• "There are approximately 4,000 oil rigs in the Gulf of Mexico varying in size, depth and mobility that will be decommissioned within the next century. If a deck on one of these rigs is about 20,000 square feet, then there is potentially 80 million square feet of programmable space just off the coast of the United States. The current method for rig removal is explosion, which costs millions of dollars and destroys massive amounts of aquatic life. What if these rigs were recommissioned as exclusive…
  • "Tourism is fragile," she said. "People are not only canceling this week, but also for all the months of February, March and April. We have a huge deficit of tourists ahead of us." At least 10,000 tourists have canceled vacations in Martinique and Guadeloupe, according to the National Travel Agencies organization.
  • India has seen its tourist arrivals drop in recent months for the first time since 2002 when it launched its hugely successful "Incredible India" campaign that enticed millions of well-heeled tourists from around the world to explore the wonders of India. Winter is peak season, but this year business has been slow and hotels are struggling to fill empty rooms due to mass cancellations by foreign tourists. All sectors have been hit, from pricey tours of Rajasthan, to budget beach holidays in Goa.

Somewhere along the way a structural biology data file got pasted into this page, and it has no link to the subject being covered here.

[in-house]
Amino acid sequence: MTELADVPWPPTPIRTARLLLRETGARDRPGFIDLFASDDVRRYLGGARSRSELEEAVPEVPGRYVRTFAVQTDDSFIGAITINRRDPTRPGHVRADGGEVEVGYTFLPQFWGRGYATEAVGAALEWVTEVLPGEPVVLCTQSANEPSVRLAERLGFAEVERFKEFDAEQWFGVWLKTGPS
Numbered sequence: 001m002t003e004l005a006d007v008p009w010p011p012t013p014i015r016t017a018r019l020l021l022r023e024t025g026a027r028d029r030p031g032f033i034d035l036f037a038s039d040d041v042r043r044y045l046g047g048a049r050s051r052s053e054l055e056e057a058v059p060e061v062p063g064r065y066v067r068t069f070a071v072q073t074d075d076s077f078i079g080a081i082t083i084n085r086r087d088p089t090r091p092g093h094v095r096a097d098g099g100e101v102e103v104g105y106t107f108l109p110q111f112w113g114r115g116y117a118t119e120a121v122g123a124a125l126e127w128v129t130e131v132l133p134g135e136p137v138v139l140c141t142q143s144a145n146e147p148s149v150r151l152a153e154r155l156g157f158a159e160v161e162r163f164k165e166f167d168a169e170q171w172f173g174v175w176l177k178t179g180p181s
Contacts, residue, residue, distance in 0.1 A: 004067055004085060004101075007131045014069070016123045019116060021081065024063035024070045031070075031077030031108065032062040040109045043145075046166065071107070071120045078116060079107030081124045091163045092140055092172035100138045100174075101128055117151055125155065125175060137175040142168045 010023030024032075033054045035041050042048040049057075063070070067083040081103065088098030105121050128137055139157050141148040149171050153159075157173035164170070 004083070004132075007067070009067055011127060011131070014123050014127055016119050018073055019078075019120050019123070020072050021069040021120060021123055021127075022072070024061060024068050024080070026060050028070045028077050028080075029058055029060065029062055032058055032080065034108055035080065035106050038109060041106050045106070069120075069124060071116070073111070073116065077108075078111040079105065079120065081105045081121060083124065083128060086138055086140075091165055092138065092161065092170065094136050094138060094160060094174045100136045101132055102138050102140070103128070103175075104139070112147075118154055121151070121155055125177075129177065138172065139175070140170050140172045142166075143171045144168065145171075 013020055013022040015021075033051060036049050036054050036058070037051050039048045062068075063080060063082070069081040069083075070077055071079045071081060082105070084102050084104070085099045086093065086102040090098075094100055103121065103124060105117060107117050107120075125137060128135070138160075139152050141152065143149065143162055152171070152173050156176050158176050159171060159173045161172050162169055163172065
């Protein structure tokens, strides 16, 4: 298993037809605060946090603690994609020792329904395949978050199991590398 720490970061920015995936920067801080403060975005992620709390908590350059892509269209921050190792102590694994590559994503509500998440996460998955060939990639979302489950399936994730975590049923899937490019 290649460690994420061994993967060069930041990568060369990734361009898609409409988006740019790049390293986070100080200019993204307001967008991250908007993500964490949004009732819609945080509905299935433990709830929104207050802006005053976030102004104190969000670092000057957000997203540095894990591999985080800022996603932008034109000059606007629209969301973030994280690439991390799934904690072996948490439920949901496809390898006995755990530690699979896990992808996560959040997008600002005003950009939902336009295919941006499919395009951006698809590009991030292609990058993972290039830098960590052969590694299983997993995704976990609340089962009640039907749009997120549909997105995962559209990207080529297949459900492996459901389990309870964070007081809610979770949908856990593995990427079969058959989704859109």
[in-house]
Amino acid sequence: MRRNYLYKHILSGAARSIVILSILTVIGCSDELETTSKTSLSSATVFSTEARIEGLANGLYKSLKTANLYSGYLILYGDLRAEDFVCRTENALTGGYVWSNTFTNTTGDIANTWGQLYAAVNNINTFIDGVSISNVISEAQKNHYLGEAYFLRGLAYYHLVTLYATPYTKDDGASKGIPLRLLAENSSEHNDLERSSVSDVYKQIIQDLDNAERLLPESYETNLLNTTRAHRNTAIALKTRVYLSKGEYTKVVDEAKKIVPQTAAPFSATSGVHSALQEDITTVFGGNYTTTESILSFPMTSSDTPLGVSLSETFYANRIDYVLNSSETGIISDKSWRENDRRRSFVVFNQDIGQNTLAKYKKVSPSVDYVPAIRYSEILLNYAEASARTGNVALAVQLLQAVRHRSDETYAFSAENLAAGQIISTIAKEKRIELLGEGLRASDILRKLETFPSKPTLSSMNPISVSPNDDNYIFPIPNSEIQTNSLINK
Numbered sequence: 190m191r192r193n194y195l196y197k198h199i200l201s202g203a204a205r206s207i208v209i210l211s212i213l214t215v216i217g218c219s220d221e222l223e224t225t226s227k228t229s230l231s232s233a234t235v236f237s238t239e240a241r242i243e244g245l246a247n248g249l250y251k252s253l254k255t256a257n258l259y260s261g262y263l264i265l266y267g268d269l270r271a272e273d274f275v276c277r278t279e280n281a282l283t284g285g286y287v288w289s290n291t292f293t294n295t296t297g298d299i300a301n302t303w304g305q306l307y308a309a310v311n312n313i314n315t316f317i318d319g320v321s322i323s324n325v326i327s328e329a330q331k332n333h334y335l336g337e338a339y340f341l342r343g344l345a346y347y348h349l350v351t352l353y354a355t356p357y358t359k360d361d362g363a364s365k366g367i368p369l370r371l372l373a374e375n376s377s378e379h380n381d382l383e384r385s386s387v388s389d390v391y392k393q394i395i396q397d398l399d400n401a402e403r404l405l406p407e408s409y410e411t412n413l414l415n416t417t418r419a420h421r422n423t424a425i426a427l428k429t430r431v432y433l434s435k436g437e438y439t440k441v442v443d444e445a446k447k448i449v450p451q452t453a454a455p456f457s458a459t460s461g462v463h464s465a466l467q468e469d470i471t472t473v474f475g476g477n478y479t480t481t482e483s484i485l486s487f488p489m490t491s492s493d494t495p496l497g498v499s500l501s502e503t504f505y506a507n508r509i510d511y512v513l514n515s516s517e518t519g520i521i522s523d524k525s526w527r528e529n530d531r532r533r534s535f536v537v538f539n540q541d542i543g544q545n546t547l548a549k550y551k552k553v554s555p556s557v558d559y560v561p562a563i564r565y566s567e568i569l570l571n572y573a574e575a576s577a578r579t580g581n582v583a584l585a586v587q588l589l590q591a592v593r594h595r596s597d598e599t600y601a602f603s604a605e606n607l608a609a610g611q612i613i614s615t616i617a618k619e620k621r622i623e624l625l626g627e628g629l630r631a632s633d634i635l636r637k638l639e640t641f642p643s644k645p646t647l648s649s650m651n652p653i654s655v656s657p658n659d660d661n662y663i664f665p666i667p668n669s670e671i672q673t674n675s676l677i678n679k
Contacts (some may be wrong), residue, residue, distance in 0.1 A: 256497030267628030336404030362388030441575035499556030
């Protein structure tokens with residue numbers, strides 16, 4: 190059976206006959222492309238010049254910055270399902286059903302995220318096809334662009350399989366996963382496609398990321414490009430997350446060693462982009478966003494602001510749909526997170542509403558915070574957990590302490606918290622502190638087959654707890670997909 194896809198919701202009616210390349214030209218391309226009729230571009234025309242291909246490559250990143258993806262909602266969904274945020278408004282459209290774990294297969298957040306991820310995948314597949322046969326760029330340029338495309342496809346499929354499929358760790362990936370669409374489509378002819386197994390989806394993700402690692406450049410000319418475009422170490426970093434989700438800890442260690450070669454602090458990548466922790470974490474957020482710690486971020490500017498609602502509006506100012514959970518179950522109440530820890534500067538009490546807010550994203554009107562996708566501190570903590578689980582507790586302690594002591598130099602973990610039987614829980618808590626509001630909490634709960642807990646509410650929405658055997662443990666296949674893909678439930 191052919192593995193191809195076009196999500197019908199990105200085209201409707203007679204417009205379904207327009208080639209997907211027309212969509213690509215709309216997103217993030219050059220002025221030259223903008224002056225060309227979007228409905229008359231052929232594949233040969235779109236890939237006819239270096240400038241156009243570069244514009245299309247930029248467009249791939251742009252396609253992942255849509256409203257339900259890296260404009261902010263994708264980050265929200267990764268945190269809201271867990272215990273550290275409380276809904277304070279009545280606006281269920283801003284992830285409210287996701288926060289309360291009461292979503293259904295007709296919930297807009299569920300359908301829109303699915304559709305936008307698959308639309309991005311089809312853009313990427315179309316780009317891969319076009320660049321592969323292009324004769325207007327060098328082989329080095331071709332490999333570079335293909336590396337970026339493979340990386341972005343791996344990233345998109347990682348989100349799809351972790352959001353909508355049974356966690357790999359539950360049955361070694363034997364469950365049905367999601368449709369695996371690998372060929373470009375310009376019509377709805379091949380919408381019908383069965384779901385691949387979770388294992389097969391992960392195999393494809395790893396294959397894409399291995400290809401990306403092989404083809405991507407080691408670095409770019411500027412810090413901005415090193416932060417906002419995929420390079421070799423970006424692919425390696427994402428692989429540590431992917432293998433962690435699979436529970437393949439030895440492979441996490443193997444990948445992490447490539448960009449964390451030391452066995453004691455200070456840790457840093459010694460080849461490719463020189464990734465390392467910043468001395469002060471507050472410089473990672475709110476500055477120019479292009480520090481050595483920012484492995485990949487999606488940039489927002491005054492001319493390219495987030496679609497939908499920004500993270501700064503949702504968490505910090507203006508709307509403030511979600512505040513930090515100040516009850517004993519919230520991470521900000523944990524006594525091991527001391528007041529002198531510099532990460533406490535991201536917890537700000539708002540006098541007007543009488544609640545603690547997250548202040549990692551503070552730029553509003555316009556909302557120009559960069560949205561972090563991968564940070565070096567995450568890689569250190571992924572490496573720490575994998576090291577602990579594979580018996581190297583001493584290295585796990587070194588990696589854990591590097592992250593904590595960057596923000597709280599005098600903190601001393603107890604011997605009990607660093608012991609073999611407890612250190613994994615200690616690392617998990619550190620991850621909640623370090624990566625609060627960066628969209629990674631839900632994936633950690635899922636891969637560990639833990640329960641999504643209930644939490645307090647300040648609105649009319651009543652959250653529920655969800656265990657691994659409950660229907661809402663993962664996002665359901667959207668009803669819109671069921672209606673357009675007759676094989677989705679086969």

• Monday, February 16, 2009

    Travelography #144: Business or Pleasure in Vegas, and Fleeing Tibet

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    Stories discussed in this podcast are from the Travelography Twitter Blog for the week of 9 to 16 February 2009. This podcast is also available at and

    • Sin City worries its image hurts business travel : NPR

      Born of carefully crafted slogans — "What happens here stays here" — and smiling, sequined showgirls, the image of a 24-hour adult Disneyland with free-flowing booze and casino chips is making the tourist destination seem radioactive to companies keen on not appearing frivolous as they seek government bailouts.
    • Tower Rising in Las Vegas but Now, Not So High

      But because of what it is billing as structural defects, MGM Mirage announced recently it has decided to shorten a hotel-condominium project it is building on the Strip to 28 stories instead of the planned 49. Architectural experts say they cannot recall such a drastic midconstruction downscaling,
    • Canadian passenger bill of rights will make airfares soar